I agree with you NVplumber, this cat killed a goat in a fenced in lot next to a church run day car center. When the trapper came back at 4 pm and let his three dogs loose, they went for the eucalyptus tree over the partially buried dead goat. The hunter flushed it out of the tree and that is when it jumped the fence into my neighbors back yard. When we think back a few weeks, I had something scare the $%^# out of my chickens two nights in a row. I went out in my pj's with only a flashlight expecting a skunk or a fox. About a week ago my spouse thought he saw a pair of eyes glowing by the side gate as he was looking out the french doors. I am going to have a neighborhood watch meeting and ask if anyone has been missing cats or other small pets recently. My outdoor critters are caged up pretty tight. You cannot relocate a cat like a bear. Cats declare a specific territory and defend it, they do not share space with each other. And this year we have a low deer population and had an extended wet spring.
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Old 10-09-2010, 10:52 PM
 
Location: The mountians of Northern California.
1,354 posts, read 5,804,062 times
Reputation: 1301
That was a close call! Glad no one was injured! Its lucky that very few pets were lost. We live in a rural area and have problems with mountian lions and bob cats. We occasionally have a young bear wander into the neighborhood. A friend of mine had her cat taken about a year ago. A friend of hers works for fish and game and came over to look at the tracks, they were mountian lion tracks. This friend lives just about in the center of town. She is surrounded by homes, so the lion was wandering the streets at night! My neighborhood is on the edge of town at the base of a mountian. We have a neighbor directly behind us and another to the side. But after that its just fields and the lions come down to get food. Our elementary school had a big incident about 8 years ago. A sick mountian lion was following some young students to school! Luckily adults saw this and the forest service, trackers, and the sheriff all showed up to handle it. The lion was in someone's backyard when they put it down around lunch time! It seems our lion problems come and go. We will have 2-3 years between incidents in town.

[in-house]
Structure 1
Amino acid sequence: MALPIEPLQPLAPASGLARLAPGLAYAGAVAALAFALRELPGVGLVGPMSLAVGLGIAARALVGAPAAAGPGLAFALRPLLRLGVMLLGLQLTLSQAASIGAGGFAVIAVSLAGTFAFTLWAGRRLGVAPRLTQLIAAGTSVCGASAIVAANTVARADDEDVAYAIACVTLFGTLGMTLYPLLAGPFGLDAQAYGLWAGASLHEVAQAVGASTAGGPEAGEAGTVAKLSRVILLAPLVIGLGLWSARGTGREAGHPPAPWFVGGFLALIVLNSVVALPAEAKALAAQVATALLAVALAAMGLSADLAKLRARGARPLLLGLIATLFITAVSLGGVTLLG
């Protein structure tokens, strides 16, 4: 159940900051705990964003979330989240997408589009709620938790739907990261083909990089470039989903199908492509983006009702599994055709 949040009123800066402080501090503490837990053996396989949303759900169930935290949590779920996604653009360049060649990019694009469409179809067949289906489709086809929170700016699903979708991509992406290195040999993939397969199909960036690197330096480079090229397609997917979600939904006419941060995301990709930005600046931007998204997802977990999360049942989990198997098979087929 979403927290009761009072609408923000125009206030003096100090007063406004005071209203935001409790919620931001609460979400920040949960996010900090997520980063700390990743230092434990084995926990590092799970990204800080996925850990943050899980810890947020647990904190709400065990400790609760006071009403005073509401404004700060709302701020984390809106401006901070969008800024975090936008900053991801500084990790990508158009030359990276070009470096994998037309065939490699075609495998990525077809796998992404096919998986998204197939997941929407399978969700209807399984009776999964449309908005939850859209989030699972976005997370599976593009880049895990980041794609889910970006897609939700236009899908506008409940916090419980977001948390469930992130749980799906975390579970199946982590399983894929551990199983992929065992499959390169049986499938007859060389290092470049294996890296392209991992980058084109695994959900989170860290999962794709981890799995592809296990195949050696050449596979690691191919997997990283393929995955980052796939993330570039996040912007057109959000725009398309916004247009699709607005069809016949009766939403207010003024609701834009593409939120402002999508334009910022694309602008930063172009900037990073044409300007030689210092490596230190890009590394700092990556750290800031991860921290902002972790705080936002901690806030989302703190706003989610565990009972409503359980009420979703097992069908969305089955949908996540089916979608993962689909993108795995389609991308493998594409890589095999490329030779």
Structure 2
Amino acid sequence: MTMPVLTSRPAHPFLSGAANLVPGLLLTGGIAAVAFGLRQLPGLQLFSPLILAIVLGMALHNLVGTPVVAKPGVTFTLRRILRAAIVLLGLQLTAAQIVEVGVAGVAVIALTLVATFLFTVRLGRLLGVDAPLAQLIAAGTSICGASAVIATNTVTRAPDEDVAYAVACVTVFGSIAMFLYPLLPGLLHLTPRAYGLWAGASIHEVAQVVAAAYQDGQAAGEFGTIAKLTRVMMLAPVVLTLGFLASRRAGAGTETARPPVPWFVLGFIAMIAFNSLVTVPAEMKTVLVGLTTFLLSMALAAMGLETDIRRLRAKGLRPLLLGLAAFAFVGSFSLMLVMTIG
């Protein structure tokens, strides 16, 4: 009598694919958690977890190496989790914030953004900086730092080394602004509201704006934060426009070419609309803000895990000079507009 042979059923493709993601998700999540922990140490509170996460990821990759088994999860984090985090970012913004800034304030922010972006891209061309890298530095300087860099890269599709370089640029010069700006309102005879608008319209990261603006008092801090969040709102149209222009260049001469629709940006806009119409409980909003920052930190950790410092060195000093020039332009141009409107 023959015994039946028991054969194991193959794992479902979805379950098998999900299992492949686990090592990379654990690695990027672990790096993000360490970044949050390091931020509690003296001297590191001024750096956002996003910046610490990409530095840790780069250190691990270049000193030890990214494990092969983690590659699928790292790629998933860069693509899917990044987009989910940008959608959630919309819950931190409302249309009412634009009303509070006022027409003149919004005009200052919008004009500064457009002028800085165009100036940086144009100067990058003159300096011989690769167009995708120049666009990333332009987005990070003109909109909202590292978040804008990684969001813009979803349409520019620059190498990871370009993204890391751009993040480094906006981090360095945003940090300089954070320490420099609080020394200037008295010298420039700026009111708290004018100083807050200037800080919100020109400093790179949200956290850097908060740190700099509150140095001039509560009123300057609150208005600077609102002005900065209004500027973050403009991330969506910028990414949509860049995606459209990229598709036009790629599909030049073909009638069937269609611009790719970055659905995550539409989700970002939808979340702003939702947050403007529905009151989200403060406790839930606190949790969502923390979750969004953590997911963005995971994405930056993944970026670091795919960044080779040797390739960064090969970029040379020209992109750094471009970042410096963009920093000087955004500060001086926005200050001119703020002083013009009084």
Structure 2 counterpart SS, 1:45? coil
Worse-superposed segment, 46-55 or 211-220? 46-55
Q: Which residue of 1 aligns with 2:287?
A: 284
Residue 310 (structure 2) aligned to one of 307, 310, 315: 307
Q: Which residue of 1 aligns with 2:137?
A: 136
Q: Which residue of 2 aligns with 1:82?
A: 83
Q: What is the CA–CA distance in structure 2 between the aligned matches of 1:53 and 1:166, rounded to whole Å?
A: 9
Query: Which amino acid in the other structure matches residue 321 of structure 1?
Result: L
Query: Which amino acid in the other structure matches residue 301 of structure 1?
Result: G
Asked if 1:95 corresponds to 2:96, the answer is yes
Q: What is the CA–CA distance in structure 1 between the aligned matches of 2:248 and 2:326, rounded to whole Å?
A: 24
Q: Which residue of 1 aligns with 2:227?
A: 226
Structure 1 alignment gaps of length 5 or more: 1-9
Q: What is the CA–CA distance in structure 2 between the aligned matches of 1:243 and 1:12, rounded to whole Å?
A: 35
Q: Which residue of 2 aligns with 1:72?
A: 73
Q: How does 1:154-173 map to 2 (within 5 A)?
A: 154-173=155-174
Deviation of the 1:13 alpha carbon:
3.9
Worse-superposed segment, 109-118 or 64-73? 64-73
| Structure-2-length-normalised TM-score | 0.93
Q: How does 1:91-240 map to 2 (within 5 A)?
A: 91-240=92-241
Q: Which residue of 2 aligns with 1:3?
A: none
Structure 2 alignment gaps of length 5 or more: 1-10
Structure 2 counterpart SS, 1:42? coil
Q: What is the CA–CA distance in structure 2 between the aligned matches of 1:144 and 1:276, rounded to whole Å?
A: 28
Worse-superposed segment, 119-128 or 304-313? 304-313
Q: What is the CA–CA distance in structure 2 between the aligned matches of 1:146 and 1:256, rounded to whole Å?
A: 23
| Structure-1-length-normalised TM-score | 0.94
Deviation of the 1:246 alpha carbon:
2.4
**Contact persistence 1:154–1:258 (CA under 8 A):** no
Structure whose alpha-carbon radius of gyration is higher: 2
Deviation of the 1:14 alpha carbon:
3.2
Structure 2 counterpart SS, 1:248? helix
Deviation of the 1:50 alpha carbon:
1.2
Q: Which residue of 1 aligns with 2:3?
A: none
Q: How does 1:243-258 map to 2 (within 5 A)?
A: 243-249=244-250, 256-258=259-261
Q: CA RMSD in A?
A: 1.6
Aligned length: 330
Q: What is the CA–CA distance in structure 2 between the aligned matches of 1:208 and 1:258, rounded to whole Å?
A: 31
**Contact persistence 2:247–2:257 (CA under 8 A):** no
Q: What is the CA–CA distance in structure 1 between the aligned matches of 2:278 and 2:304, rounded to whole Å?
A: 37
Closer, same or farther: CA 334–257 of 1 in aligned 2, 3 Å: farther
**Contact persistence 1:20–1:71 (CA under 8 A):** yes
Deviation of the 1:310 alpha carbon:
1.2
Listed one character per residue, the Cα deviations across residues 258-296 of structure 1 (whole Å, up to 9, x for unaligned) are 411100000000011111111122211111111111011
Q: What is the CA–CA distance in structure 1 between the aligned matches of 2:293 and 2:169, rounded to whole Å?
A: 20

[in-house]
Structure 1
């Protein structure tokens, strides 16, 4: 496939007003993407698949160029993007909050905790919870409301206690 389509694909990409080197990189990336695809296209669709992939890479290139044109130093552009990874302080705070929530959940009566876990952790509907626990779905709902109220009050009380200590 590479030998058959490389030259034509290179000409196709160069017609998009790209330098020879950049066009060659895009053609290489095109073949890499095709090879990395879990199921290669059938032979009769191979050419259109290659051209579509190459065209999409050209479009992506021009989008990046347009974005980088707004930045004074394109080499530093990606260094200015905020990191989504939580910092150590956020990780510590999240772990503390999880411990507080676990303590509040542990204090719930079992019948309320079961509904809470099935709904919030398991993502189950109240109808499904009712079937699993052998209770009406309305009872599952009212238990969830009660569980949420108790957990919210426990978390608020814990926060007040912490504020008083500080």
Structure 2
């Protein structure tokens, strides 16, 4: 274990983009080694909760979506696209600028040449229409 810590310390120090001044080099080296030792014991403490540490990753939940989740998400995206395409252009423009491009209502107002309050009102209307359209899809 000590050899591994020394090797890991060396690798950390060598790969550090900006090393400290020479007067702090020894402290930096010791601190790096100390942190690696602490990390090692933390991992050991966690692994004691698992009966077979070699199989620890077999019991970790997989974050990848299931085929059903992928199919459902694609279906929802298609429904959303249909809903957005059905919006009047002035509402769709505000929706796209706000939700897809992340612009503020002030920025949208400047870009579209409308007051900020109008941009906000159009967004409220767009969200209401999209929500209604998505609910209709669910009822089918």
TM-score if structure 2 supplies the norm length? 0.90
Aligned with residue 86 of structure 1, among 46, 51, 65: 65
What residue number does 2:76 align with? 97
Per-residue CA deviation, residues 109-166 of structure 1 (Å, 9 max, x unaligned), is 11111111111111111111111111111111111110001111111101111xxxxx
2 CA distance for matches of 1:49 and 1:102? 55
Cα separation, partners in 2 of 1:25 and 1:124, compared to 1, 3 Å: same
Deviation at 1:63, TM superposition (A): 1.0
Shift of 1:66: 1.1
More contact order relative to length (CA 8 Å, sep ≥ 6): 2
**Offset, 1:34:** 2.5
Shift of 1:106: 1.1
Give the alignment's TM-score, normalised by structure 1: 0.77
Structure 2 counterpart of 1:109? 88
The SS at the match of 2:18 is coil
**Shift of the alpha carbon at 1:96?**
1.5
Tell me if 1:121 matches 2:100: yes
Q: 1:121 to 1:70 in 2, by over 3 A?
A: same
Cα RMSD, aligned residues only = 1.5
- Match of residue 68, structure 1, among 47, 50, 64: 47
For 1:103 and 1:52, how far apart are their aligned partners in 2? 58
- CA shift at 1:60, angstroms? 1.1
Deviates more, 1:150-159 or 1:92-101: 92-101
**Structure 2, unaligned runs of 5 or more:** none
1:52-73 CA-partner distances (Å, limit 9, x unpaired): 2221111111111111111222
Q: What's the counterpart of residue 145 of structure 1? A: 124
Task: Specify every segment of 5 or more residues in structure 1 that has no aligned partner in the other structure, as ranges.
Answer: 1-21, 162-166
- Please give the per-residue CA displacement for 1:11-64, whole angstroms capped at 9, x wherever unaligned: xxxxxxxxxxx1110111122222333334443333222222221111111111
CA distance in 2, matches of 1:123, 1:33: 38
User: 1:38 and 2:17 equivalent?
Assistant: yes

We do alot of outdoor activities. A few years ago we hiked down to an out of the way fishing spot. On our way back up the hill I heard something growling. We couldn't see anything which was the worst part. We left in a hurry. The next day the sheriff announced that a lion was spotted in the area we were in and that it was aggressive. In July we had a young lion stalking people on a popular bike trail in our area. Since our newspaper only comes out once a week, we were walking that trail after reports came in but didn't know about it until the following week. This year the deer have come into town much earlier then normal. They normally start to trickle in at the end of October. This year we had entire herds taking up residence in August. The lions follow the deer.